Internationally renowned voice actor Laurence Harold Moran died on Thurs, Dec. 28, 2017.
Known throughout the Chicago production community as “The Funny Voice Man,” Moran entertained, informed, and persuaded millions of fans and consumers over a career that spanned nearly five decades.
Besides bringing life to characters like Quaker Oats’ Cap’n Crunch and McDonald’s Monopoly Man, Moran was also known as a voice for puppets on the Sunday morning television program, The Magic Door, and worked on commercials for healthcare products and education.
A member of the Screen Actors Guild and America Federation of Radio and Television Artists, he found time to play cello for musical groups like the Oak Park Symphony Orchestra, perform with members of the Oak Park Village Players in in Appalachia, contribute short stories to magazines, and write and direct several children’s music programs.
In his spare time, he volunteered for the Pacific Garden Mission’s program, “Unshackled.”
To those close to him, the native Chicagoan — born in the Windy City on March 2, 1939 — was worth a lot more than a few laughs.
According to Radio Bob Monachino, founder and head of creative production group Radio Bob Resort, Moran was “a pro.”
“Larry Moran could spew off any kind of character and take any kind of direction you wanted,” he explains, adding, “he always came in with a tin of cashews.”
Chicago voice actor Tim Dadabo credits Moran for teaching him an exceptional work ethic.
“When I first got into this business, he sat me down and asked, ‘what have you done for the business today? Did you sit down and practice? Did you read the trades? Did you listen to other peoples’ demos?’” Dadabo recalls. “That was Larry’s work ethic. If he didn’t have an appointment or a gig, he was practicing or marketing. “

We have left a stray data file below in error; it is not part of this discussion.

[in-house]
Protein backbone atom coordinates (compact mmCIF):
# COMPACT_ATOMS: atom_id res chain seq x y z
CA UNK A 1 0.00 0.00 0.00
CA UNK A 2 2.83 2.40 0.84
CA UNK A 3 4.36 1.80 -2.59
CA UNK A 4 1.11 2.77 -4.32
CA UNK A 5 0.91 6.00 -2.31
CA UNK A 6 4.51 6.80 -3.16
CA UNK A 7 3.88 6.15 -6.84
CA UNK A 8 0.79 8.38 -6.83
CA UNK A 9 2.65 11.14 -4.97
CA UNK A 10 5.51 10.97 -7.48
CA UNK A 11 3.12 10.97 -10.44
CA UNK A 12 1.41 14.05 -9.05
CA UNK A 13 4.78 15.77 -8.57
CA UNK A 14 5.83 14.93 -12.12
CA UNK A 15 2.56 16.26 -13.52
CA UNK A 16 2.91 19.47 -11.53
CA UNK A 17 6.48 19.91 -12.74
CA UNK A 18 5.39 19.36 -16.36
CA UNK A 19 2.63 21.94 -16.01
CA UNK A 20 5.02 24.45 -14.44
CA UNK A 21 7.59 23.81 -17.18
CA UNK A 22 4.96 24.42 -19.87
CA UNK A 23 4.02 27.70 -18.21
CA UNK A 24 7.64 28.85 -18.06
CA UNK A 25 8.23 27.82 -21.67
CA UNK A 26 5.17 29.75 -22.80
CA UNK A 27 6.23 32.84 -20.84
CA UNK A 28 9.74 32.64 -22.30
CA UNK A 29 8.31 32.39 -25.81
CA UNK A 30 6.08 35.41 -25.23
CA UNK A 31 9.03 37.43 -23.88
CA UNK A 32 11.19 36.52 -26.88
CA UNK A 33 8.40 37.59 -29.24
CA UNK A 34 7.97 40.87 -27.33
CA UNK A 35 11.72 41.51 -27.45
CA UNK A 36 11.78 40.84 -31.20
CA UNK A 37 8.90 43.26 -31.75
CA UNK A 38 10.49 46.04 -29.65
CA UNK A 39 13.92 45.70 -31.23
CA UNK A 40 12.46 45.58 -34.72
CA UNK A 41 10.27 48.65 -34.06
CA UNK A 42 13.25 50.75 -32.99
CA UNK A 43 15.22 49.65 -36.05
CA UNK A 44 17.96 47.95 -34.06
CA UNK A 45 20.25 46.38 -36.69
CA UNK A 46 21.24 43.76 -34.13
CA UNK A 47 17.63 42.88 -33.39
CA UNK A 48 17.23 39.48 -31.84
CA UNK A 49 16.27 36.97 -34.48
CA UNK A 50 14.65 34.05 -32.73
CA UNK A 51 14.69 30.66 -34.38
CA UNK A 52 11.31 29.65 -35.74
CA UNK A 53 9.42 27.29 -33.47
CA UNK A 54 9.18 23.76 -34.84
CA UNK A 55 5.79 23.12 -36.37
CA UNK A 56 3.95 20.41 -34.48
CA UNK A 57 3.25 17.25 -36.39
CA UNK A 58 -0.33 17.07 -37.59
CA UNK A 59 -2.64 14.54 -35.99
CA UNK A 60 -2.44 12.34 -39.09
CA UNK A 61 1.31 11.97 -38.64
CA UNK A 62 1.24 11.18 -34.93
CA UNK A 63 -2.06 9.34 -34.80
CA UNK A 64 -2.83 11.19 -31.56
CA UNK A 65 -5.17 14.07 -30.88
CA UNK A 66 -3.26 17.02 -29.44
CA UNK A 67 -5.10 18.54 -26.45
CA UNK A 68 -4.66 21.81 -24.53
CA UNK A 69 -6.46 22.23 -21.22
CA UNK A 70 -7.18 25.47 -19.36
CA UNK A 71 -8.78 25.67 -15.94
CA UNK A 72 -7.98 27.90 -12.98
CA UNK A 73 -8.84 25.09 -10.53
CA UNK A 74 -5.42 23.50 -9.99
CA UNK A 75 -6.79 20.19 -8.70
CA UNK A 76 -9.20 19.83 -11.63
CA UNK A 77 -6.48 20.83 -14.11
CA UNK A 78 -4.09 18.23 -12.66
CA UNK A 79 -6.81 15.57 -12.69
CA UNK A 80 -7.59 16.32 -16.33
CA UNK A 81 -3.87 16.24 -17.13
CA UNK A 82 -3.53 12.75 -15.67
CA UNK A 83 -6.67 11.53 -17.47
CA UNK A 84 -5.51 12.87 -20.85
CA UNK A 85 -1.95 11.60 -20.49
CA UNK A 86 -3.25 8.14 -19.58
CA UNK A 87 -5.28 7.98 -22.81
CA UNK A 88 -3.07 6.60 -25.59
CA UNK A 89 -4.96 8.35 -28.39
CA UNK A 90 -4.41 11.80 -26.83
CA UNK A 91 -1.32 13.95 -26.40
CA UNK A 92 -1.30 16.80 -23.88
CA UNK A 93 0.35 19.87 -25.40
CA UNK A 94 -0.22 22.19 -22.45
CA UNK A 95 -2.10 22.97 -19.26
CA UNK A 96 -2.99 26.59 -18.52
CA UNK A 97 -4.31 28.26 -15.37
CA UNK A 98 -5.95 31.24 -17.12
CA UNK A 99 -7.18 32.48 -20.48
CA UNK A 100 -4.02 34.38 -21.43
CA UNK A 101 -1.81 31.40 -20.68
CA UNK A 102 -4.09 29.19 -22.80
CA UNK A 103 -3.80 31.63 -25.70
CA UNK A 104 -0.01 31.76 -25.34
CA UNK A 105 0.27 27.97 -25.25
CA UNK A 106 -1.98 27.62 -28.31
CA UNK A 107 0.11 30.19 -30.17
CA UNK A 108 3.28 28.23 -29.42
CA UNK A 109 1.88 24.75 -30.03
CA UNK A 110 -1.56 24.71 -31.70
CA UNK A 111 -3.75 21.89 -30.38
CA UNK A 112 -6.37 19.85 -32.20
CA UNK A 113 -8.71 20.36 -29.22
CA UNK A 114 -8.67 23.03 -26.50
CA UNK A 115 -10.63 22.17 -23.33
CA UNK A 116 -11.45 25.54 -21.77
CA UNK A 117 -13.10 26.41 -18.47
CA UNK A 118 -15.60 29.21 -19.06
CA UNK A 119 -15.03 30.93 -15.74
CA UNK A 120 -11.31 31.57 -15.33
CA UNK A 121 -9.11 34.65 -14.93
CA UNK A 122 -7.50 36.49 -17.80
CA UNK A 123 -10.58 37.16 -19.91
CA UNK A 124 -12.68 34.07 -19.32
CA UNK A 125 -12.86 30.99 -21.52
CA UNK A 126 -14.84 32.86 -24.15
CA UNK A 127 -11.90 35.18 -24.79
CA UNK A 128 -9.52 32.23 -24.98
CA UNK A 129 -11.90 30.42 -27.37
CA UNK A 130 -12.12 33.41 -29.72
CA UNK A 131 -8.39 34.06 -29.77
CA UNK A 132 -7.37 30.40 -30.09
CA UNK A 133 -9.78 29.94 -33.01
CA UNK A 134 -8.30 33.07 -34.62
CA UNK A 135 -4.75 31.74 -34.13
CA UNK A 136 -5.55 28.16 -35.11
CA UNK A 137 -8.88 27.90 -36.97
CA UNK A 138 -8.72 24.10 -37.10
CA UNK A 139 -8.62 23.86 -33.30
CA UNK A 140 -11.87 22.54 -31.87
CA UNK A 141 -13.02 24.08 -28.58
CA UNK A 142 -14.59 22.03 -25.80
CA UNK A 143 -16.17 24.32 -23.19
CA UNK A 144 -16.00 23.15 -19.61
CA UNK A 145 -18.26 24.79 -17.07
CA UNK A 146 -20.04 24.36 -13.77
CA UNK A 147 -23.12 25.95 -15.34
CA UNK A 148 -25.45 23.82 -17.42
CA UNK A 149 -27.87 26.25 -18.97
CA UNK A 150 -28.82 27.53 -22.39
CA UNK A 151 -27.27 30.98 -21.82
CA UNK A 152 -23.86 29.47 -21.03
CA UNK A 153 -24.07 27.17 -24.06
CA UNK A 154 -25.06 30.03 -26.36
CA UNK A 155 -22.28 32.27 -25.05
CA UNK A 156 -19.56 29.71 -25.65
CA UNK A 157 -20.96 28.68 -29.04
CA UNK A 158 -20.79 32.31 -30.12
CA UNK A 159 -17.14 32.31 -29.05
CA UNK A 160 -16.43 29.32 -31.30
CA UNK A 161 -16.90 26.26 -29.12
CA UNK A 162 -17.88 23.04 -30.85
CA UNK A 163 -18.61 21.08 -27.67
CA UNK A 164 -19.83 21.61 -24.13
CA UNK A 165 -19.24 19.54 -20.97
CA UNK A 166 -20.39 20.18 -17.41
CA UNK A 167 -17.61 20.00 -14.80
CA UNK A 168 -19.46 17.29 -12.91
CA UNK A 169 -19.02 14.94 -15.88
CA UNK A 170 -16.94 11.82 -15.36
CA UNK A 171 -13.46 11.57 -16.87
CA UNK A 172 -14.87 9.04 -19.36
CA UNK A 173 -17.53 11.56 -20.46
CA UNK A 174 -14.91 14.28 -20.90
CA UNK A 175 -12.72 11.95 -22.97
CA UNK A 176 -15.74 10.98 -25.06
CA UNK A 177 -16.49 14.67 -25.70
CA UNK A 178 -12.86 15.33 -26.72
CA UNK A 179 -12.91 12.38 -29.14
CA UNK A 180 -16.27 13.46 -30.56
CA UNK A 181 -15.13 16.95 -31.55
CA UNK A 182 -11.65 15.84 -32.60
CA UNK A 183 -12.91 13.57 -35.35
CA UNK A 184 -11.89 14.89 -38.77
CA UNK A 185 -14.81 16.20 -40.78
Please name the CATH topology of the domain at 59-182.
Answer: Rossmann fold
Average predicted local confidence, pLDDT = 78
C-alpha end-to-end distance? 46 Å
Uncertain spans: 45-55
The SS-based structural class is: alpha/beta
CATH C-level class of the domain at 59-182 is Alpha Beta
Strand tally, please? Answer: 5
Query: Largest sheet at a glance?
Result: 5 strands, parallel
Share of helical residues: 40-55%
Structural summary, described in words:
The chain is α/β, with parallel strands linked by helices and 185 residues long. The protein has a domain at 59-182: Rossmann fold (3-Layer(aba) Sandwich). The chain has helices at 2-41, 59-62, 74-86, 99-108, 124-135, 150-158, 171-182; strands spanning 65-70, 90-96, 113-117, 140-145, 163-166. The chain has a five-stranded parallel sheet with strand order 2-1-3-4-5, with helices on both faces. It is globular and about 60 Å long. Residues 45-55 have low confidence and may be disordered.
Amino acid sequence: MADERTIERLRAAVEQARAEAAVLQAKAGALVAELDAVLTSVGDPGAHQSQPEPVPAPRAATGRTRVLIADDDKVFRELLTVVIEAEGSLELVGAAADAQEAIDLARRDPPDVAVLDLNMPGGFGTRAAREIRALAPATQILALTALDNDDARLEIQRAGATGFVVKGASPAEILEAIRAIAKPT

Dadabo says that he “took everything Larry did and basically copied it,” a task made easier by Moran himself, who was “always happy to give advice” whenever Dadabo asked.
Moran also founded a voiceover business group that met on Saturday mornings in the clubroom of his condo to discuss how to make the business better and, according to Dadabo, “supplied the coffee and the doughnuts.”
After adding his unforgettable voice to Chicago’s advertising and entertainment communities, Moran retired to New Buffalo, MI.
“The last time I saw Larry was at an ARU party,” says Dadabo. “He took me aside and told me, ‘you’re the only one who has done exactly what I asked, and you’re going to take over this town.’ I walked into the bathroom and balled my eyes out.”
Larry is survived by six children and 12 grandchildren. Contributions in his name may be made to the National Alliance for the Mentally Ill, Boys Town USA, or Acorn Theater in Three Oaks, MI.